Tuesday, 31 May 2016
This wall is an example of one which can, to some extent, be dated. It follows the course of a burn which drains the northern slopes of Ben Hiant and disappears into the forestry that covers the slopes of Beinn nan Losgann. The picture shows it at bottom right, with Beinn na h-Urchrach in the background.
Bing satellite image. While it doesn't drain into Lochan Poll an Dubhaidh, the lochan is a useful feature in locating the wall. It's possible to zoom in to the pink area....
The wall can be seen to run along the boundary between Choiremhuilinn's common grazings and those of Tornamona, and it's right beside the point where the old road into Kilchoan crosses that boundary. So it's main use was probably to delineate the boundary between the two clachans. Such walls are called march dykes.
Since these clachans are probably hundreds of years older than Bald's map, this is likely to be a very old wall.
Many thanks to Holly Bull, manager of Mingary Castle, for sending the Diary these beautiful photos which were taken by Changing Light's Andy Lock. The beautiful weather over the bank holiday weekend was perfect for celebrating the completion of Mingary Castle, which is now open for bookings.
Monday, 30 May 2016
This is the first dor beetle of the year. He was making his way across a sheep-mown field in the rain, and making very heavy weather of it.
Dors are big beetles, this one being almost an inch long. Although they look black, in certain lights and from certain angles they have a beautiful purple-blue sheen to their carapace. This was best seen back in July 2014 when some dors were seen falling around - blog entry here.
Sunday, 29 May 2016
Greadal Fhinn is a neolithic cairn of the Hebridean type, with a smaller central cist chamber (right) and larger passage chamber (left), both once covered in a mounded cairn structure of about 22m diameter.
That the cairn is known as Greadal Fhinn is confusing. Local lore has it that the ‘Fhinn’ refers to a Viking chieftain Ketill Flatnefr of Raumsal, known on the west coast as Caithil Fin. In 888AD he fled Norway and, according to the Sagas, settled on the west coast of Scotland, where he later died. The suggestion seems to be that he was buried here.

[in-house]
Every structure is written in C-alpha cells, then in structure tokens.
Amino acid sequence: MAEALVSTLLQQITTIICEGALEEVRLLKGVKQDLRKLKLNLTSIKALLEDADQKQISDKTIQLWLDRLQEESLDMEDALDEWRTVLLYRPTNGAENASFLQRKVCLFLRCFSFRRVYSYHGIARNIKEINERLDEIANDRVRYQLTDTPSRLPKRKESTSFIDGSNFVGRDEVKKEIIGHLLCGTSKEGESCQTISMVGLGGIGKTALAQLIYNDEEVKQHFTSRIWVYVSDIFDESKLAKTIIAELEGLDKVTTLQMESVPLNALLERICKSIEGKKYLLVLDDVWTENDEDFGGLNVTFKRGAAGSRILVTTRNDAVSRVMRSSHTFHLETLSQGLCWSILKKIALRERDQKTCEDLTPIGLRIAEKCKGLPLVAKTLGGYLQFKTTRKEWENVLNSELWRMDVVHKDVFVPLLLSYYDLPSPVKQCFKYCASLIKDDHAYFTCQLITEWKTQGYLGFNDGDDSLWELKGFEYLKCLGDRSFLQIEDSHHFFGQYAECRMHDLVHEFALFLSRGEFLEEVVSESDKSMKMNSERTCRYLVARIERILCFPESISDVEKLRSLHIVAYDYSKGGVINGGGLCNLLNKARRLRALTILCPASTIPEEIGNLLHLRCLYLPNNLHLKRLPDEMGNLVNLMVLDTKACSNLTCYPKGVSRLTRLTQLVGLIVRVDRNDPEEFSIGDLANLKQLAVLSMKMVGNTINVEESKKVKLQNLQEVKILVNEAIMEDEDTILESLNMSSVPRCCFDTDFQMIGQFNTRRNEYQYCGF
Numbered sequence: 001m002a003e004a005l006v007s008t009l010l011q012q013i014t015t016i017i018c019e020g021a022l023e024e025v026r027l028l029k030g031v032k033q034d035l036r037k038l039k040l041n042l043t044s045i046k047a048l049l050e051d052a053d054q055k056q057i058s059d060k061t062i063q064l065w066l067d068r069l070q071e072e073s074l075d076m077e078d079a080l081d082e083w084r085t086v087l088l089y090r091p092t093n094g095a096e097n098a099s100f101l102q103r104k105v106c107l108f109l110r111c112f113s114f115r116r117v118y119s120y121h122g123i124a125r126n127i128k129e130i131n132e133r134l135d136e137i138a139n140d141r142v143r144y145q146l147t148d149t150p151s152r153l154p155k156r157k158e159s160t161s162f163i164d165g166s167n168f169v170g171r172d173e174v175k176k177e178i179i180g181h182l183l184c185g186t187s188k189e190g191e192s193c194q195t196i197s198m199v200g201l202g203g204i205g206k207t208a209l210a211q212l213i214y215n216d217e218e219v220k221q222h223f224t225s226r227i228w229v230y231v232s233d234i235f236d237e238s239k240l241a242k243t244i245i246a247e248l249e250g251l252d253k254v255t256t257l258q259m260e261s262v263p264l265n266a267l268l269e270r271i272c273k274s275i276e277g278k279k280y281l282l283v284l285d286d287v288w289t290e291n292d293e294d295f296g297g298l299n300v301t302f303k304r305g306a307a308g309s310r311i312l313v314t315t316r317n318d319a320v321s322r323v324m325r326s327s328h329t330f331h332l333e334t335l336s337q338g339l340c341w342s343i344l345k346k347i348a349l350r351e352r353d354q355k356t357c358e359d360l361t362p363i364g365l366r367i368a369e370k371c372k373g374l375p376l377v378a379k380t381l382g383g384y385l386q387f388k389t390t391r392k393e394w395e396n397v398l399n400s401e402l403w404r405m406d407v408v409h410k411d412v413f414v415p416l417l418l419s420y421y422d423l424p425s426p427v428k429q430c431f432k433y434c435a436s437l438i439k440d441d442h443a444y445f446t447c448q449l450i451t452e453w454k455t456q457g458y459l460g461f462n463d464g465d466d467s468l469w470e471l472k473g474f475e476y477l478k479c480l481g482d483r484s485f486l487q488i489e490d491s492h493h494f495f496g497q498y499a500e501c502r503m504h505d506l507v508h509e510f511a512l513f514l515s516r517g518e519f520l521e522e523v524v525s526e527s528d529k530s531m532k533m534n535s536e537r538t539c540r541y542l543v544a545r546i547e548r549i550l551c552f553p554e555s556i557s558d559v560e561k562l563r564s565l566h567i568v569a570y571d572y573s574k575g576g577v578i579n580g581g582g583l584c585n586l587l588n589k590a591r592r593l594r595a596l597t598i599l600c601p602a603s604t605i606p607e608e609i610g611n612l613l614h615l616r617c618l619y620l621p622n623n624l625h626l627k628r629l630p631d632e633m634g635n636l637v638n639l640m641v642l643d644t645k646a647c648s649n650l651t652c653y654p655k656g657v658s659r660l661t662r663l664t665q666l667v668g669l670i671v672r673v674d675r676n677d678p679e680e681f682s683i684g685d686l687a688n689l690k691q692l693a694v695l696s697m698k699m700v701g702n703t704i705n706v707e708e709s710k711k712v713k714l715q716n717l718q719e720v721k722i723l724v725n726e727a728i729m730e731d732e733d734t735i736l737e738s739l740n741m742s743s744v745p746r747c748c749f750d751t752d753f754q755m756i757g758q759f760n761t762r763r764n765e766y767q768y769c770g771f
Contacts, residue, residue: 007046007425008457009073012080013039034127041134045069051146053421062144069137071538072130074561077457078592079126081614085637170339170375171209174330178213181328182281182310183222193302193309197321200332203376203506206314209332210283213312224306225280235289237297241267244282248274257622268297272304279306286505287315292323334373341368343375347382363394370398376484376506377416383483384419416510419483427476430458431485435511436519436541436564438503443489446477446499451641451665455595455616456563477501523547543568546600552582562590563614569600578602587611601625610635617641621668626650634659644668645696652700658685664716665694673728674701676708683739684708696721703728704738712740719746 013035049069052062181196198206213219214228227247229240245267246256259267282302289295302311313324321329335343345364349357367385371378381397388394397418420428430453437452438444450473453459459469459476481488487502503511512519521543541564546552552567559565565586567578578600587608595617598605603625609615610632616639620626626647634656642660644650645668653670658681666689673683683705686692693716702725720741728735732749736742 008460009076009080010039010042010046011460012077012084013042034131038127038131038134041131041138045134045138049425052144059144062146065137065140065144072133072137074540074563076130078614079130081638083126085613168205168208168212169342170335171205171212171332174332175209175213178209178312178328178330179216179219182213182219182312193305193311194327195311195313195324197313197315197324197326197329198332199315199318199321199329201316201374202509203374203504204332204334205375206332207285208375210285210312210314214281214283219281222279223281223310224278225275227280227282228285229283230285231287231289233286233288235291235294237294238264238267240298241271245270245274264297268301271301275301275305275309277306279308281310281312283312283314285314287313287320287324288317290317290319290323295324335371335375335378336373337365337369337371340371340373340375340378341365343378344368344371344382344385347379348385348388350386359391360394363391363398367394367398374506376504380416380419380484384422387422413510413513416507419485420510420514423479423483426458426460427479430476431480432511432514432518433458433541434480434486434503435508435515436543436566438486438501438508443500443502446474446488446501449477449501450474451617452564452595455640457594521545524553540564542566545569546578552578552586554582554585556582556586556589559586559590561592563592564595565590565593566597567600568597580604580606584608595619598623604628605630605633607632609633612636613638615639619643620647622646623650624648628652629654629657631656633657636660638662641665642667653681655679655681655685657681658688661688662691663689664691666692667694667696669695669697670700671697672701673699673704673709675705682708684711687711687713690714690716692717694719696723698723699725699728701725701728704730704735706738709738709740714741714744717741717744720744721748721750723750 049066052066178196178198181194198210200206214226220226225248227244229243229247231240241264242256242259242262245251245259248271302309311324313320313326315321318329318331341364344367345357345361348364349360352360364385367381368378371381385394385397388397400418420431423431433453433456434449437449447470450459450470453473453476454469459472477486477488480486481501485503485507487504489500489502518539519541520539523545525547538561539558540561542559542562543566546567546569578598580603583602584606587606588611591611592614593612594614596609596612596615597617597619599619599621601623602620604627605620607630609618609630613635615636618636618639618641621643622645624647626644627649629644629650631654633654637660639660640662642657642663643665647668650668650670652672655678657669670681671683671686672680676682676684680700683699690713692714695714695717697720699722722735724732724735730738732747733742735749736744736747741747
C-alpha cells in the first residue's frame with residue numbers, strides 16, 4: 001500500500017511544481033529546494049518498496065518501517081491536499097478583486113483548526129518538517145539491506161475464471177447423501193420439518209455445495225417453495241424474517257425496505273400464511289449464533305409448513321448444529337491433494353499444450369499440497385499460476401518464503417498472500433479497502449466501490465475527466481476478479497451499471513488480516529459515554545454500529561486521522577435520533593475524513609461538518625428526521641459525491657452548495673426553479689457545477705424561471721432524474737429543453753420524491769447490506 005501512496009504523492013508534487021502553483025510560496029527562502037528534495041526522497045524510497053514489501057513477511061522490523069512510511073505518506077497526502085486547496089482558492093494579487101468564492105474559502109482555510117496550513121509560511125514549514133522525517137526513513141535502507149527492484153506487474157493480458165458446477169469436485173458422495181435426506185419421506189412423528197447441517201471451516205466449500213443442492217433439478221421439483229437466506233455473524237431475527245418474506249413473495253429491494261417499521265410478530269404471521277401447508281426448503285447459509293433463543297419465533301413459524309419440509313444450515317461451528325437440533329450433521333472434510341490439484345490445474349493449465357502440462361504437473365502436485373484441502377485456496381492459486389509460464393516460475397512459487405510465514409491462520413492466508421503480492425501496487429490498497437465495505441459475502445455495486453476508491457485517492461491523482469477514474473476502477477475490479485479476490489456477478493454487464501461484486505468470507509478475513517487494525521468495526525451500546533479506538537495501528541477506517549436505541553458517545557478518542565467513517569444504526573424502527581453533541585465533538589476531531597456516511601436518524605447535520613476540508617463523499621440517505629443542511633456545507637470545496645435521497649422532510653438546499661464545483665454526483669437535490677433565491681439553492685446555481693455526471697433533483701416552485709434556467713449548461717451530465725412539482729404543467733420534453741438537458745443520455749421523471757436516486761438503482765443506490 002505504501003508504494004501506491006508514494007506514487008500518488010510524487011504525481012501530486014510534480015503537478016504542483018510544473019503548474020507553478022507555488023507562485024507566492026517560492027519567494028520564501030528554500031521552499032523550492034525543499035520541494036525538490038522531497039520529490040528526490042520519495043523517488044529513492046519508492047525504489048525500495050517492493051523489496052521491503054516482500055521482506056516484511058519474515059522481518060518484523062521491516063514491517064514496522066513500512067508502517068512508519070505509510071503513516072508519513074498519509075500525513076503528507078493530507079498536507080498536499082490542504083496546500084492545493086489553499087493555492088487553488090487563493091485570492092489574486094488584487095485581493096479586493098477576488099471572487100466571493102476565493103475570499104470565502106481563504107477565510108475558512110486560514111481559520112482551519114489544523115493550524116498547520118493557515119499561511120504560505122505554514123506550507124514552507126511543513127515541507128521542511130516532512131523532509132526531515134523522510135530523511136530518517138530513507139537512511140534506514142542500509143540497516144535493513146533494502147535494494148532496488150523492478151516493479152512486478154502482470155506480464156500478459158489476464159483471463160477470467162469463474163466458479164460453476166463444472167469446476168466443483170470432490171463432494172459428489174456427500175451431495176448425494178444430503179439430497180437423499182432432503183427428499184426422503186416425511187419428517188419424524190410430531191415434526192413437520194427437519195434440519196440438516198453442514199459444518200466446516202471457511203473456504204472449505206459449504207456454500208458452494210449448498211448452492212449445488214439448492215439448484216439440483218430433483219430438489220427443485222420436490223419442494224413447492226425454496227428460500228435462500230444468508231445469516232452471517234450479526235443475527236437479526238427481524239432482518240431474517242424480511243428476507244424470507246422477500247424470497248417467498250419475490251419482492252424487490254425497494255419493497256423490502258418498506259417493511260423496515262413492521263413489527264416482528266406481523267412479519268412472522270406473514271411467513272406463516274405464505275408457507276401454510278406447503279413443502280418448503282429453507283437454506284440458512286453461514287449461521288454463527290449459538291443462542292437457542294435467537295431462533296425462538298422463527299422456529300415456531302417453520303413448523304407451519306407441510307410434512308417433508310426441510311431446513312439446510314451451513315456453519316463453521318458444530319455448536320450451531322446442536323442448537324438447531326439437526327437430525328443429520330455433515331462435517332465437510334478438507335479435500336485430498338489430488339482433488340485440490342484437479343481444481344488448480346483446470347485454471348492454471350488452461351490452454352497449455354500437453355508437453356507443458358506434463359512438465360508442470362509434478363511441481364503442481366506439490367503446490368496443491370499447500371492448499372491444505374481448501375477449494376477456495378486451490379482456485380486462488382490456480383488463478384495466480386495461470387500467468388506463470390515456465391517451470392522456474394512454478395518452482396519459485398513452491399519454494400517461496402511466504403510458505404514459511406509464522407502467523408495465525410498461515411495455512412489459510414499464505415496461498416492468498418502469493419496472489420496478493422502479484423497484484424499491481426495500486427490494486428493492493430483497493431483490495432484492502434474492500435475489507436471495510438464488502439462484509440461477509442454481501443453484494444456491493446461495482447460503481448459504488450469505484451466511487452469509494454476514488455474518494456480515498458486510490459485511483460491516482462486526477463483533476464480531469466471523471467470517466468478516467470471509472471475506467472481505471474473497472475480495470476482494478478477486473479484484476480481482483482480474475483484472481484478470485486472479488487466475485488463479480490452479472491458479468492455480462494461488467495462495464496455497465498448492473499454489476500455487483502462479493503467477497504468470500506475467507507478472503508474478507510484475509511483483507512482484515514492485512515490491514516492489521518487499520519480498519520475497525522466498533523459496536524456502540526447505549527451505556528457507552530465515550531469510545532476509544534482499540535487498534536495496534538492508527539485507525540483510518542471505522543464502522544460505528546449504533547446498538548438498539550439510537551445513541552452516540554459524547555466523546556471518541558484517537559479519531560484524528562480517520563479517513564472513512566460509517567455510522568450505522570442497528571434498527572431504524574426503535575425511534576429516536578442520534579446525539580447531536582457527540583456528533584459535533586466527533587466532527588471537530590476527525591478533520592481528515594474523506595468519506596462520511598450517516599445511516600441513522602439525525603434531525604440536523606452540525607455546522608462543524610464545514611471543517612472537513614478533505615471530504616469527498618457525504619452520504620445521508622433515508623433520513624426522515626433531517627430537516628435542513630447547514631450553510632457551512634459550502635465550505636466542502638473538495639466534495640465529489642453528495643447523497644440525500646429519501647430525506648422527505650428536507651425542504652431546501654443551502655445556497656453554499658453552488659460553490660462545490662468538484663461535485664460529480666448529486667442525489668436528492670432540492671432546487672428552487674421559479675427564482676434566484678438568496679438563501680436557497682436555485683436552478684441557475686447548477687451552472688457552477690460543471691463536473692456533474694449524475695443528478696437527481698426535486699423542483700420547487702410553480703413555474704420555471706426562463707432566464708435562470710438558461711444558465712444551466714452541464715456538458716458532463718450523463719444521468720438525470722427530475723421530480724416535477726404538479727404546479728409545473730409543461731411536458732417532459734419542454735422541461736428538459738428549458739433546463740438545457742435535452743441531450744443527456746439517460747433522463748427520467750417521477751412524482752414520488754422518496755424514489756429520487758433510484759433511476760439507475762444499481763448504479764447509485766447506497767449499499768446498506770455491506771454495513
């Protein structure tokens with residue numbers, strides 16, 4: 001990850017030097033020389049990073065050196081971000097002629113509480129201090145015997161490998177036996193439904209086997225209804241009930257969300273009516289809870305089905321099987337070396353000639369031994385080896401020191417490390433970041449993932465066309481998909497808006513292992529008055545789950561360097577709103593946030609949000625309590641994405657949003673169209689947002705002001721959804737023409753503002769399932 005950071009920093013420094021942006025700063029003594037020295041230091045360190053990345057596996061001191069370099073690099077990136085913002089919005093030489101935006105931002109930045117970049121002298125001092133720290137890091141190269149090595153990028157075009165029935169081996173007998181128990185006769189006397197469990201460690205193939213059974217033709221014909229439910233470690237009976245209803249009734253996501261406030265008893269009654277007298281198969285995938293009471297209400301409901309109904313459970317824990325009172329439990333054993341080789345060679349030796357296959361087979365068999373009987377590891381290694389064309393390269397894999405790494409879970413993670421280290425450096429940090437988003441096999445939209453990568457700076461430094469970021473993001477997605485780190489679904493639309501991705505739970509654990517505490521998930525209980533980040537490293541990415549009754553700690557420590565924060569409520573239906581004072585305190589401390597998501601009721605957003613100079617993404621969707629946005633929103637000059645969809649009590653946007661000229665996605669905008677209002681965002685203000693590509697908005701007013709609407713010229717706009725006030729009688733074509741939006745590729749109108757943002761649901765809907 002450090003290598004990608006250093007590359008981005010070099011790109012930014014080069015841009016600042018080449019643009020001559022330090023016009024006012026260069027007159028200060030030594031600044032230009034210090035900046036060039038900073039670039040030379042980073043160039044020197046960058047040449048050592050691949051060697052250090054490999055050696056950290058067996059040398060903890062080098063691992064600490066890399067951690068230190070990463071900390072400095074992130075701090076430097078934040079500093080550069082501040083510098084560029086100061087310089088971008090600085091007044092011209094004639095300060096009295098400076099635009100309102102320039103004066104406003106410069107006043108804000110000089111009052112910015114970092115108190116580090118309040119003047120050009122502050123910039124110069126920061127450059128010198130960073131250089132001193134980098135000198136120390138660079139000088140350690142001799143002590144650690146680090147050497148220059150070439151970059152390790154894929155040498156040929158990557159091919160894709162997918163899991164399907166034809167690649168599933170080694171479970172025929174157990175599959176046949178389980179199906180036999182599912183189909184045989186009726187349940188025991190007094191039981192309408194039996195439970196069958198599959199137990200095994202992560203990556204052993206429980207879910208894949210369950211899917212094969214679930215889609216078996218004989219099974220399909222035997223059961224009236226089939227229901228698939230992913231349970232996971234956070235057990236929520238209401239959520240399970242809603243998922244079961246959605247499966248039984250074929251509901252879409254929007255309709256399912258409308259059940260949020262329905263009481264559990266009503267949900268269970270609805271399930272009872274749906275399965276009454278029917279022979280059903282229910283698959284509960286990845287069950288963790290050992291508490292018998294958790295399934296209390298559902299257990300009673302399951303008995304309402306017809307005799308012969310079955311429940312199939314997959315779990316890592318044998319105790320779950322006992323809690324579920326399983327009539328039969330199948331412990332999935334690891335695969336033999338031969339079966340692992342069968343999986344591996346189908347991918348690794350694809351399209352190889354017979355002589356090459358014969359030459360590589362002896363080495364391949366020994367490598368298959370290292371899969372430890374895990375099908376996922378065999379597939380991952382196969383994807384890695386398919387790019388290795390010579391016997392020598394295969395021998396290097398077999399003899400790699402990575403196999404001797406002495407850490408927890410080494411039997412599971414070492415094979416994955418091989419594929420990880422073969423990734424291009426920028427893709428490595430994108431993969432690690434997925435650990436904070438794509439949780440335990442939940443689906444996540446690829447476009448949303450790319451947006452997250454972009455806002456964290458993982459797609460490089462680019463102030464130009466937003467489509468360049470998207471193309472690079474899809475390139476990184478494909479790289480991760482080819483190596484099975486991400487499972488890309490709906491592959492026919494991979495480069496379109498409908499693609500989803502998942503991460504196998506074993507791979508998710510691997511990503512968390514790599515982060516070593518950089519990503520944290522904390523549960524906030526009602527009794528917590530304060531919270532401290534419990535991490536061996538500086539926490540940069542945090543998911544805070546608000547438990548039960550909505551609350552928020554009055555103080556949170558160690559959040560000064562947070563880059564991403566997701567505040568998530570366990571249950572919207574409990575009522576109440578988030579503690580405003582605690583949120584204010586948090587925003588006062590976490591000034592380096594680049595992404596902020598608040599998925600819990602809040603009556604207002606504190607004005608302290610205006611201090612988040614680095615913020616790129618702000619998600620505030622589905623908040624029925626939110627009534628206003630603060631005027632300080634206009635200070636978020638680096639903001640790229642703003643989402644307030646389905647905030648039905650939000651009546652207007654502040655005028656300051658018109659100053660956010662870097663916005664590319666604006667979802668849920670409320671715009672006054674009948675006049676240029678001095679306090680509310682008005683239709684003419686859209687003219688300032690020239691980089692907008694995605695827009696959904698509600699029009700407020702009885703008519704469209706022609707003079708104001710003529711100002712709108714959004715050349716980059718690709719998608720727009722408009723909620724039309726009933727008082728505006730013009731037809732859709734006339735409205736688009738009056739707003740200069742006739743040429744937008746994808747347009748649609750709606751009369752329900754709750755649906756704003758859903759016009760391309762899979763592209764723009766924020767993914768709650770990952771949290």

Similar large local cairns are at Camas nan Geall and Swordle. All have in common that they are set near but back from the coast, and have associated settlements.
Historic Environment Scotland's designation is here and the Kilchoan Diary history of Ormsaigmore is here.
Saturday, 28 May 2016
The view that, in pre-clearance times, the predominant settlement pattern was of houses grouped into clachans, seems largely true but, more and more, we're finding isolated buildings which were obviously dwellings, often with associated structures such as byres and sheep folds. A good example of such a farmstead is the settlement in this picture, close to Lochan na Gruagaich (just out-of-picture to the right, with Loch Mudle in the distance). Structures 2 & 3 are the house and, perhaps, a byre; 4 is what appears to be a very old animal enclosure; and 5 is a more recent enclosure.
Sadly, Cowley's map was of very limited extent, so we're unable to use it to check for dating evidence for some of the other farmsteads.
Friday, 27 May 2016
Thursday, 26 May 2016
Many thanks to Diane for allowing me to use her photographs.
Wednesday, 25 May 2016
It drains the west side of the forestry which clothes the slopes of Beinn nan Losgann. Its meandering has cut a series of steep bluffs between which lie sheltered, grassy terracettes; and, as one climbs upstream, there are constantly changing views of Ben Hiant and the ridge of Beinn na h-Urchrach.
Tuesday, 24 May 2016
However, by the time the first OS map was published, both Upper and Lower Sanna are well developed, and Plocaig has four buildings. Both settlements came into existence in the 1840s or 1850s, when clachans to the east, such as the Swordles, were being cleared, and the landlord had to find somewhere to dump those of his tenants who wished to stay rather than emigrate.
This photograph looks towards Plocaig from the south-southeast, across its fields, with the Allt Sanna to the left. Even by Ardnamurchan standards, these are poor fields.
But it was not the miserable fields which finally destroyed Plocaig. In 1921 the decision was made to complete the road beyond Achnaha - not to Plocaig, where the old track had run, but to Sanna because by that time Sanna had twenty crofts, each grazing two cows, while Plocaig had only four crofts, each grazing three cows, a pony and a few sheep. No doubt the decision was helped by the fact that MEM Donaldson lived at Sanna and fought on its behalf.
This picture shows Plocaig in the 1930s, soon after it had been abandoned but with many of its houses still roofed.
Plocaig is gradually merging back into the landscape, but its fields are still used: a crofter grazes sheep across them, and visitors stop to sit by its houses and imagine what it must have been like to live in such an idyllic setting. It can't have been idyllic: life must have been extremely hard.